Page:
+1 For this request it seems like is in many other apps like Notion, Remnote, Logseq and what not. I am coming from Remnote, and it was one of my favorite things, I wasn’t an advance user, but that feature is wonderful. Please add editable embeds/transclusions to obsidian.
+1 Writing with many transclusions. I’m using notes that are often getting updated and expanded, receive more links; at the same time their material is also in other notes that are made for specific teaching and writing projects. Editable transclusions would be such a help. Thanks for making this possible natively.
Just a little hint: make sure you have upvoted the OP
+1 - it would be such a great feature for creating dashboards for many projects, where one could fetch notes from many different places and edit these parts in one place.
I wonder if Canvas would help you? You can edit directly on the Canvas and can have notes from different places on one Canvas.
I hadn’t thought of this. Good call! A possible downside is that unfortunately you lose the backlink functionality when embedding in canvases. And, in the long term, it can be a bit tedious to draft and rearrange within canvas. The issue with generating an output would also be annoying. There are threads about outputting canvases such as this: Convert Canvas to note(s) (enable the use of Canvas to initially outline long-form writing).
And I just created this request: Alt drag and drop multiple selected nodes in canvas to generate sequenced list of links. This request is also relevant in that respect: Note Combination.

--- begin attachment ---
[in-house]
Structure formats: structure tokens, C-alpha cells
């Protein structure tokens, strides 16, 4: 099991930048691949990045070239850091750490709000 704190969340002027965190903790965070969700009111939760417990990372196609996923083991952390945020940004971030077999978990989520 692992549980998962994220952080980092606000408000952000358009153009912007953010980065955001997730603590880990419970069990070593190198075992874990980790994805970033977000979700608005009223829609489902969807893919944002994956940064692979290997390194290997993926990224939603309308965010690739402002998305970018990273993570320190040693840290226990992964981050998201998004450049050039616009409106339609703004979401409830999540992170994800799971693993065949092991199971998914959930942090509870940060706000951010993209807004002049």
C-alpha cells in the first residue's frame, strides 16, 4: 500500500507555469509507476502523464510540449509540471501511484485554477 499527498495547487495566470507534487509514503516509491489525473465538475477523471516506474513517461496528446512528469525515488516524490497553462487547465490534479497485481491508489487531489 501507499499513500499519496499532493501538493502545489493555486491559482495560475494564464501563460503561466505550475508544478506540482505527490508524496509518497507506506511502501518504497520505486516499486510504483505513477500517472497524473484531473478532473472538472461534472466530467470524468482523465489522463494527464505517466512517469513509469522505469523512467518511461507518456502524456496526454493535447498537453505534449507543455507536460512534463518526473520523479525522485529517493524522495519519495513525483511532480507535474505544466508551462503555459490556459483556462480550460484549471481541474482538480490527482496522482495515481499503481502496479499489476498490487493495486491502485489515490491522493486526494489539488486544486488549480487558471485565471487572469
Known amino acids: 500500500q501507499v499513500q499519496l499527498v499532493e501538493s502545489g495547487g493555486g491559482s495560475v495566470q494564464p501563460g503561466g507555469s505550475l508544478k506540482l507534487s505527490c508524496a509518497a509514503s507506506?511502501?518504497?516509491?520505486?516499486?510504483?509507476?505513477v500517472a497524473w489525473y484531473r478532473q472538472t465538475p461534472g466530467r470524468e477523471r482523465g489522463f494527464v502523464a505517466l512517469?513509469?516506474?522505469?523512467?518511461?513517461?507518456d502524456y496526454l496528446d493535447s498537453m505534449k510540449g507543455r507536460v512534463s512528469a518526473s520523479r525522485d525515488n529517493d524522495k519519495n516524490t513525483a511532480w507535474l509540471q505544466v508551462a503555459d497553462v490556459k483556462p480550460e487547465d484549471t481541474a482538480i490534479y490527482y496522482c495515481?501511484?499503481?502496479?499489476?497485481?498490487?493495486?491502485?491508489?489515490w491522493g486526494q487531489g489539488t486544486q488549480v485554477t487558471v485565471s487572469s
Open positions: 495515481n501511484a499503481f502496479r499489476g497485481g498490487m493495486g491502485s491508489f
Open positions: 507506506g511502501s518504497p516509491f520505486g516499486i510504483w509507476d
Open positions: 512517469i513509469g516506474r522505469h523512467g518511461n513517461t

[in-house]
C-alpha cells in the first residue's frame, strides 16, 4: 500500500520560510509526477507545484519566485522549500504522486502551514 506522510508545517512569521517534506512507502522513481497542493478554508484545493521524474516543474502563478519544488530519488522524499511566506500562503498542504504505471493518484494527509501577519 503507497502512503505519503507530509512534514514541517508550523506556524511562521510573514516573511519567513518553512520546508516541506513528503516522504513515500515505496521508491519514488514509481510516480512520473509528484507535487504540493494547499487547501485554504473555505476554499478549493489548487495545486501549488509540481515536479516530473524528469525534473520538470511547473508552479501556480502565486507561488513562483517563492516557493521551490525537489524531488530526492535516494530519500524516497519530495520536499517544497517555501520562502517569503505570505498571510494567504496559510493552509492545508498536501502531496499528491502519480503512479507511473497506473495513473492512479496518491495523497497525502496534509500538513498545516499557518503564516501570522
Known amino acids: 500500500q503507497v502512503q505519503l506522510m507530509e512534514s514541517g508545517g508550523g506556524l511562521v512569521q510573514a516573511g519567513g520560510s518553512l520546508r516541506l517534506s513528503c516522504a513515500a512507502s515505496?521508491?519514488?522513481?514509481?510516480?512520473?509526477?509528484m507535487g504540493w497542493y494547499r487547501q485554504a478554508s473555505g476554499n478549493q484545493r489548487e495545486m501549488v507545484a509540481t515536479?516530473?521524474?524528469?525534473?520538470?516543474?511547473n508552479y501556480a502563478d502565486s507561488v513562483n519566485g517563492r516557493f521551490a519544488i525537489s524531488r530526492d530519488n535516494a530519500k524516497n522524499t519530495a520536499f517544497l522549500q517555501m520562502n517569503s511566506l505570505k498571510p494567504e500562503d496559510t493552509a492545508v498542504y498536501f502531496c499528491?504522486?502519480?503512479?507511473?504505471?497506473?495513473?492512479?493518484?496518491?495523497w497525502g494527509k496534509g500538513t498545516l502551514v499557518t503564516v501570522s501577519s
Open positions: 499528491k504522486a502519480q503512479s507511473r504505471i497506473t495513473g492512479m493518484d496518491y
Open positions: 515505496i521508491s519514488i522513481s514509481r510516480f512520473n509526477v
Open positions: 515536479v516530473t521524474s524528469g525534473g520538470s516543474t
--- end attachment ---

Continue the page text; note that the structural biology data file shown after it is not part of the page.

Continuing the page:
But, you are absolutely right. When you want to be able to easily edit embeds from various sources, arranging them in a canvas can be a pretty good workaround.
I agree. So many PKM apps have editing of tranclusions in place that it’s starting to seem like table stakes in the space rather than a nice-to-have feature. I’m surprised it hasn’t been implemented yet.
Considering that there are 2 plug-ins that provide a workaround, viz. Hover Editor and Make.md, this FR probably has a ow priority even though both workarounds are buggy.
I don’t agree. Hover Editor works in a separate window, and is barely more convenient than clicking through to the transcluded file. And Make.md radically changes the UX, so it’s not a solution if all you want is in-place editing of transclusions. But it does show that it’s possible to implement.
A recent post on the Obsidian subreddit asked users what missing feature they wanted most, and in-place editing of transclusions came in a close second, so obviously a lot of people want it. And if you used transclusions a lot and had ever experienced it in an app that had the feature, you’d know why.
Agree with you that editing transclusions (“mirroring”) would be a great mainline feature.
I’ve found hoover more convenient by adding shortcuts With Settings > Community Plugins > Hoover (Hotkeys) and then making shortcuts for opening a new hover editor with Ctr+Shift+H and then Ctrl+Shift+\ for opening the current link under cursor (some bugs on my OS with actually hovering)